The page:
Letters: The politics of Keystone XL

Re “Obama’s pipeline dilemma,” Opinion, Feb. 12

Doyle McManus aptly points out several of the political pros and cons related to President Obama’s decision on the Keystone XL pipeline.

What he fails to address is the need for fossil fuels to be left underground and for us to convert to renewables.

McManus suggests procrastination by Obama might be a virtue. The destruction of Canada’s boreal forest and the continued release of carbon into the atmosphere don’t qualify. Far more virtuous would be for Obama to follow through on his 2013 inauguration promise:


“We will respond to the threat of climate change, knowing that the failure to do so would betray our children and future generations.... The path toward sustainable energy sources will be long and sometimes difficult. But America cannot resist this transition; we must lead it.”

Alby Quinlan


McManus provides an informative analysis of the politics of Obama’s pending decision regarding the Keystone XL pipeline. However, he fails to properly analyze the pipeline’s potential climate impacts.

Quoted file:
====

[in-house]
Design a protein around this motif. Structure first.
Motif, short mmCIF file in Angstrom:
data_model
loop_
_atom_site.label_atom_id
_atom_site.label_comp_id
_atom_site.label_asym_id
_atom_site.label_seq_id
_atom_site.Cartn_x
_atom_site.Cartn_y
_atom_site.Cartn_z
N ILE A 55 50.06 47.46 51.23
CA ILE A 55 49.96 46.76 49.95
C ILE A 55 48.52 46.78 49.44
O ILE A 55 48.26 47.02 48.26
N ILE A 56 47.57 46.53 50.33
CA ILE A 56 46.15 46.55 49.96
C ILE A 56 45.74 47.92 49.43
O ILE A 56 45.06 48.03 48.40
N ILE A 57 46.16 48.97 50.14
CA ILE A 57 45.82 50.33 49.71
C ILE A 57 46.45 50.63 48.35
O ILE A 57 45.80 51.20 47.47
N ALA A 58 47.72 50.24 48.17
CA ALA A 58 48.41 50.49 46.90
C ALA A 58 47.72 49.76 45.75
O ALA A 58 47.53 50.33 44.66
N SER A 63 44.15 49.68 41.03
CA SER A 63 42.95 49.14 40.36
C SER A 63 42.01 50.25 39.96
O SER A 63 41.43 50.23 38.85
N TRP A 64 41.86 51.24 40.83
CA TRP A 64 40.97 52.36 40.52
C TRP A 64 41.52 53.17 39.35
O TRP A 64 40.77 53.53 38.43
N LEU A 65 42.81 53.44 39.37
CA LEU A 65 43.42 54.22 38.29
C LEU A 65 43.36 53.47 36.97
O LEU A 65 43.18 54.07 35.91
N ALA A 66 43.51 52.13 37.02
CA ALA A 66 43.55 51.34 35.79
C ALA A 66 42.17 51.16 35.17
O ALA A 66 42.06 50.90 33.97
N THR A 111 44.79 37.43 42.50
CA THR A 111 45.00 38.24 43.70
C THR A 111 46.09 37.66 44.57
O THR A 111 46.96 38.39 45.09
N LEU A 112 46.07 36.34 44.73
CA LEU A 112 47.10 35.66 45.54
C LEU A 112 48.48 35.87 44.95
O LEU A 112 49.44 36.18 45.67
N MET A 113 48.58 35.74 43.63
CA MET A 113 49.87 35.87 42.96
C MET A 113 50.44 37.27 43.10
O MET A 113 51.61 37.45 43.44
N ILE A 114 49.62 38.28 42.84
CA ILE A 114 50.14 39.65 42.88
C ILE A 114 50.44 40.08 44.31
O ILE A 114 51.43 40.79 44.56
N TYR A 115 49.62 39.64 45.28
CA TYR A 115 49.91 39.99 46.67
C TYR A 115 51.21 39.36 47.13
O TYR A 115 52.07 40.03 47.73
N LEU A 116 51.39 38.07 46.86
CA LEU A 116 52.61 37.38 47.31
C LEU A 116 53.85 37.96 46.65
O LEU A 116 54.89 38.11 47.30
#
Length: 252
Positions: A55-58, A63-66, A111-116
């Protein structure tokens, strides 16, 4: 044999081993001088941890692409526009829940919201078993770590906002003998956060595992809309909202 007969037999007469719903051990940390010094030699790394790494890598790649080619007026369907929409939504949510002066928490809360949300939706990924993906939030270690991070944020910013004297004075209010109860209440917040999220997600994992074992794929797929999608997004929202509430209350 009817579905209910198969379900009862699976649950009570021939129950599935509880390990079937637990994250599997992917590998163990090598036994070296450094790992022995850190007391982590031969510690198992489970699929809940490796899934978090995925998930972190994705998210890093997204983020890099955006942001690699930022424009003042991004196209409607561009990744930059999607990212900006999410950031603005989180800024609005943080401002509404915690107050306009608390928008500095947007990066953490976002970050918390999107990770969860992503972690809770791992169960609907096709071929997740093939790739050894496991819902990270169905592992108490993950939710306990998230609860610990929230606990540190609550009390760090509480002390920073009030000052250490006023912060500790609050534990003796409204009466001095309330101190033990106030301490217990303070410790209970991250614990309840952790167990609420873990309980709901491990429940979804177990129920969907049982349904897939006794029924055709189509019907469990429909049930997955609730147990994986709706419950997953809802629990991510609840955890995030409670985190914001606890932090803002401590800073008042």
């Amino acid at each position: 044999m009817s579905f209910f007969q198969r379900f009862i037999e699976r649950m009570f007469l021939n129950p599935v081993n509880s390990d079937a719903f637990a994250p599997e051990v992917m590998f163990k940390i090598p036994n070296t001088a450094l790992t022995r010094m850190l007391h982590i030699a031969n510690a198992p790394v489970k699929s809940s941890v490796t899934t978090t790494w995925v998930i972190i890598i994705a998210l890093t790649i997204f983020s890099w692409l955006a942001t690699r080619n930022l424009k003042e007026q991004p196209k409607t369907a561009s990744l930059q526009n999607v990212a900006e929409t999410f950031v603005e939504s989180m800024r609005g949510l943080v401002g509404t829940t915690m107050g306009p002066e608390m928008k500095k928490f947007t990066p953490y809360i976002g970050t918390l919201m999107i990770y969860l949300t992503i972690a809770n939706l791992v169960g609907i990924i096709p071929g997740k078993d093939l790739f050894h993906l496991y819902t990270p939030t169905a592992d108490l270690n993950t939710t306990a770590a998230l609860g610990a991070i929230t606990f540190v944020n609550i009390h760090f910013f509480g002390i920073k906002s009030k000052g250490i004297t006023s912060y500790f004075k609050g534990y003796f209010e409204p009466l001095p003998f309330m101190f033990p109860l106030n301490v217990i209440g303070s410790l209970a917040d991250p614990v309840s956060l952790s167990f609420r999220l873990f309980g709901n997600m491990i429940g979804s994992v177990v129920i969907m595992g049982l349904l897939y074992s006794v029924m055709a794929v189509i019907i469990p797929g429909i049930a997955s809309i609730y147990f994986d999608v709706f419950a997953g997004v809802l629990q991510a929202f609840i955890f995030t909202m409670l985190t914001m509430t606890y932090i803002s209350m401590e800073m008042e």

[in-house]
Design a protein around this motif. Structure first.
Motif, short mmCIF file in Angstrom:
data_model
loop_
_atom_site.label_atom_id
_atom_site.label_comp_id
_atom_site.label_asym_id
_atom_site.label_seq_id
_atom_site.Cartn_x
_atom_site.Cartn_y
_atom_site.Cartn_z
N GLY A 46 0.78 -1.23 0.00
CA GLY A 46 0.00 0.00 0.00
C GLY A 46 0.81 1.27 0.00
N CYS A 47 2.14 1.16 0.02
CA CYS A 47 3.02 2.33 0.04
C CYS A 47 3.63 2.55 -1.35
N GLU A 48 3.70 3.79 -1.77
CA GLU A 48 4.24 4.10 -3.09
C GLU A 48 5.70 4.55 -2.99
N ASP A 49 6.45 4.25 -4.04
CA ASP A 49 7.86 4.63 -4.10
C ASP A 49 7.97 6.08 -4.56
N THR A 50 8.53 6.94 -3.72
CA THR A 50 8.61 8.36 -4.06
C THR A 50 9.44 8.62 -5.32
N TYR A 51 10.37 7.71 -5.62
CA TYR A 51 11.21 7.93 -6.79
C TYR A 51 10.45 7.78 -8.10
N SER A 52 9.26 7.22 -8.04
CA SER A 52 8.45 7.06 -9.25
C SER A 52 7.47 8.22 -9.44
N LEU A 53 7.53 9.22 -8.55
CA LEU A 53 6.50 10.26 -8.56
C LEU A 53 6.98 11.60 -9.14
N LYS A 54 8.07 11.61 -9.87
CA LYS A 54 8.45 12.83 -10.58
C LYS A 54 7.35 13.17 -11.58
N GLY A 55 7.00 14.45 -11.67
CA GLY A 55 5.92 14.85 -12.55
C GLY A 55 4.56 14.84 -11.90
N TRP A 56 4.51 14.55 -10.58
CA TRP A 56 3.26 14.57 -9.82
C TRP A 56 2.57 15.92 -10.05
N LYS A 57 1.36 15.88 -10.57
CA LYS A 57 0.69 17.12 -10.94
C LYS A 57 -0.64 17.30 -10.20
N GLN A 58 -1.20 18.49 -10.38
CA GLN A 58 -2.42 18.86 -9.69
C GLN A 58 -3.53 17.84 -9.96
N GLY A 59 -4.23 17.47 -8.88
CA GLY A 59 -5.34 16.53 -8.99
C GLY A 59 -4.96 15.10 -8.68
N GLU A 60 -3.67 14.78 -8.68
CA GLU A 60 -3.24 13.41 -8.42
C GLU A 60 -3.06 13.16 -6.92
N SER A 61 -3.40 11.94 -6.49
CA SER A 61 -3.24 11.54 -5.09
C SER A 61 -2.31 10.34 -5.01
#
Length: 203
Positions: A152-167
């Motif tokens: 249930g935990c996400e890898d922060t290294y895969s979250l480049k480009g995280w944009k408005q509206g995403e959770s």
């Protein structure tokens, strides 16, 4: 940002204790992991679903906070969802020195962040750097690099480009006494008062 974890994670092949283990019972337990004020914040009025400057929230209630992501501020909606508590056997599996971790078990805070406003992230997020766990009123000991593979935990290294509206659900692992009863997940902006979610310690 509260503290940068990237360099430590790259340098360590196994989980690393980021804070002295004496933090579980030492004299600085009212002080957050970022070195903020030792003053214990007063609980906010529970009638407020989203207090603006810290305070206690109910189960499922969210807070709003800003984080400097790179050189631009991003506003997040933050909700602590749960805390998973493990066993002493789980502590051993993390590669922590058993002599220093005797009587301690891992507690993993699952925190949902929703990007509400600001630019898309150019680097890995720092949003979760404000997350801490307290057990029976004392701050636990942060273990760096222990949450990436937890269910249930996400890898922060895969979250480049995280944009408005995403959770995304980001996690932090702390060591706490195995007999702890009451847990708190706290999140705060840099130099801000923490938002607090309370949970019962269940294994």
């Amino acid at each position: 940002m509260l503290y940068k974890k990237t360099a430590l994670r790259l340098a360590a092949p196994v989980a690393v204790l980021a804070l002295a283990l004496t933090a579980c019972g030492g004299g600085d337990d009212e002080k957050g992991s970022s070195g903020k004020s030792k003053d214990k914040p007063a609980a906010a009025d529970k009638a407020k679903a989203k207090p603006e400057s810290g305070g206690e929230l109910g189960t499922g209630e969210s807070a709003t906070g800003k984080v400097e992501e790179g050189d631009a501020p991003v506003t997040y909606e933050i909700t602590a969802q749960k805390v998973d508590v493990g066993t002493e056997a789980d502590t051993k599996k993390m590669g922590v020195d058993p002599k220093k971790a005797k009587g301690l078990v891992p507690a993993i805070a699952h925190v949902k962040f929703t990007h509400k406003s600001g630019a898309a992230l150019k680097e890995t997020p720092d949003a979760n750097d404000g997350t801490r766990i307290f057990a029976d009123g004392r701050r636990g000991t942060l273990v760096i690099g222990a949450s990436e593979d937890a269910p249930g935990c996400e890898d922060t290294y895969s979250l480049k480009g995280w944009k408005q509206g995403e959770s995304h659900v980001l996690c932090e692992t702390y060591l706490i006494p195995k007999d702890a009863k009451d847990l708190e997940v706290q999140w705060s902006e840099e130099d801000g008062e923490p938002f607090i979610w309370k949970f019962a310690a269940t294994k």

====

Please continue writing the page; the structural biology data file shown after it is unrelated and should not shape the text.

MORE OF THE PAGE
McManus cites as a fact the State Department’s misleading conclusion that a U.S. decision to block the pipeline wouldn’t significantly reduce greenhouse gas emissions, because Canada intends to move the oil whether Keystone XL is built or not.

Actually, the pipeline would make it cheaper to transport the oil, so the exploitation of the tar sands would accelerate, resulting in more greenhouse gas emissions in a shorter time.

McManus also proposes that the pipeline would be acceptable if its additional emissions were offset by cutting emissions elsewhere. That approach wouldn’t reduce emissions enough.

To moderate the alarming effects of climate change, we must both reject the Keystone XL pipeline and reduce emissions from our existing power plants.

John D. Kelley

Santa Barbara


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